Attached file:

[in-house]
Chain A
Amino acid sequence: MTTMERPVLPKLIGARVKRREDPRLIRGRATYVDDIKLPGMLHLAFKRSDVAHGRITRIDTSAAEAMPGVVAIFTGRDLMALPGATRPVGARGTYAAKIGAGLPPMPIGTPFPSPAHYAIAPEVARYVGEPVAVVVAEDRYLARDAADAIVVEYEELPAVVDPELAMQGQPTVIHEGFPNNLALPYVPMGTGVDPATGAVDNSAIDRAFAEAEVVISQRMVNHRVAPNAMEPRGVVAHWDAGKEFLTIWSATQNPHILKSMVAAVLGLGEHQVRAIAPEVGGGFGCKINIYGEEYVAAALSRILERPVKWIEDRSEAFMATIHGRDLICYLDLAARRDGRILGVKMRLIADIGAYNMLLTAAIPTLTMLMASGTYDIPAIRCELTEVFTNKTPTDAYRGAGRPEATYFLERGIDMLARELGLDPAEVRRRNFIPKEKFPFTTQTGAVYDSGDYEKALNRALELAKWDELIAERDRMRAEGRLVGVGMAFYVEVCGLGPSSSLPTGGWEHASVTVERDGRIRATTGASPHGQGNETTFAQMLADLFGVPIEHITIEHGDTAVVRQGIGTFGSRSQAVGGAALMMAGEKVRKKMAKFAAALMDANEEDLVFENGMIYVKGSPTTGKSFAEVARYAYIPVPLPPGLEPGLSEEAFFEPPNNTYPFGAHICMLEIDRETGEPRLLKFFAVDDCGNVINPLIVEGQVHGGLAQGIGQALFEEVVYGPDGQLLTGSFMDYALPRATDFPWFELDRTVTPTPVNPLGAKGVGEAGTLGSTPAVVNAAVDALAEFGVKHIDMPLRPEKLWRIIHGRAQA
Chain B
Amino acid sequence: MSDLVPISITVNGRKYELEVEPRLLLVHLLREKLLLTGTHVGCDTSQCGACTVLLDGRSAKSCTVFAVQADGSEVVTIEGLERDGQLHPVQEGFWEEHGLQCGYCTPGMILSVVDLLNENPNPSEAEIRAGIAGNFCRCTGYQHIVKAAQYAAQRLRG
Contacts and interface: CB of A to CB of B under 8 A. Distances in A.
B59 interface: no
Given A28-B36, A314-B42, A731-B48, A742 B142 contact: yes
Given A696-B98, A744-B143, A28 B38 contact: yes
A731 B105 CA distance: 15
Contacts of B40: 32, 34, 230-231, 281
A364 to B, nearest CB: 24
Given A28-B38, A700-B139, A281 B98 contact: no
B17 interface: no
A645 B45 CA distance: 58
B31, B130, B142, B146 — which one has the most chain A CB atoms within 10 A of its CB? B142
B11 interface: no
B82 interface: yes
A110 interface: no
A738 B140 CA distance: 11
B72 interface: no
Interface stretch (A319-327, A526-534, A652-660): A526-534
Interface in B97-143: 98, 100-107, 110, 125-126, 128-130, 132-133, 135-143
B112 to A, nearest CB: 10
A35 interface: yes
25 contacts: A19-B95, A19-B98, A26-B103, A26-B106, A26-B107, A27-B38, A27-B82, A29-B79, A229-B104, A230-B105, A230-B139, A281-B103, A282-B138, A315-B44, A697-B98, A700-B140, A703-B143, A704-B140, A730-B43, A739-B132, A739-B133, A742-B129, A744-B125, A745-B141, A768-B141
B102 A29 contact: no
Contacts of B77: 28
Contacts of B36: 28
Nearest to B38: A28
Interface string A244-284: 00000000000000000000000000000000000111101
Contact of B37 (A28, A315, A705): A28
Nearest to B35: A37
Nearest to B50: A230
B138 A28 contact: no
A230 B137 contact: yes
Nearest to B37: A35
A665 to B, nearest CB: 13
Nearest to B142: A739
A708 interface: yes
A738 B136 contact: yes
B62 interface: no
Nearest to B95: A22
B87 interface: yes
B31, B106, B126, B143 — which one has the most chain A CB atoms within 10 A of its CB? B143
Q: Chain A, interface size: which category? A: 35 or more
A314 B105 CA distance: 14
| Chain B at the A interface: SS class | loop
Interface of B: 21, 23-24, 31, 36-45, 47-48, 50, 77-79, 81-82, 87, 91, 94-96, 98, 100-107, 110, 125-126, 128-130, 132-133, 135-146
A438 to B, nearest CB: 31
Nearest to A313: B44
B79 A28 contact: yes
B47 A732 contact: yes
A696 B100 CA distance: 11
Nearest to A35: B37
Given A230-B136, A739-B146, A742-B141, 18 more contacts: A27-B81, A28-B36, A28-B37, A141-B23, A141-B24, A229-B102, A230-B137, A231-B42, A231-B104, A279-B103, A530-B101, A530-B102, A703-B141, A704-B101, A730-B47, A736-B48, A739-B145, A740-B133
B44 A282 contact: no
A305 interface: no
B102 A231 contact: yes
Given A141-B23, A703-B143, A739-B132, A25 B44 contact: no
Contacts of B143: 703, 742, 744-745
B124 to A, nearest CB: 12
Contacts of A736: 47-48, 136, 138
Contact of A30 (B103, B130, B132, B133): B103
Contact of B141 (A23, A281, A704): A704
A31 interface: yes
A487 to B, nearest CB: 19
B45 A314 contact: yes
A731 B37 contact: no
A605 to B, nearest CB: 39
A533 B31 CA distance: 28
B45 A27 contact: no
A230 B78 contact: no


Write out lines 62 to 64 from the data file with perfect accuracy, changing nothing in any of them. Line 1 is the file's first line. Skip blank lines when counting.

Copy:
B124 to A, nearest CB: 12
Contacts of A736: 47-48, 136, 138
Contact of A30 (B103, B130, B132, B133): B103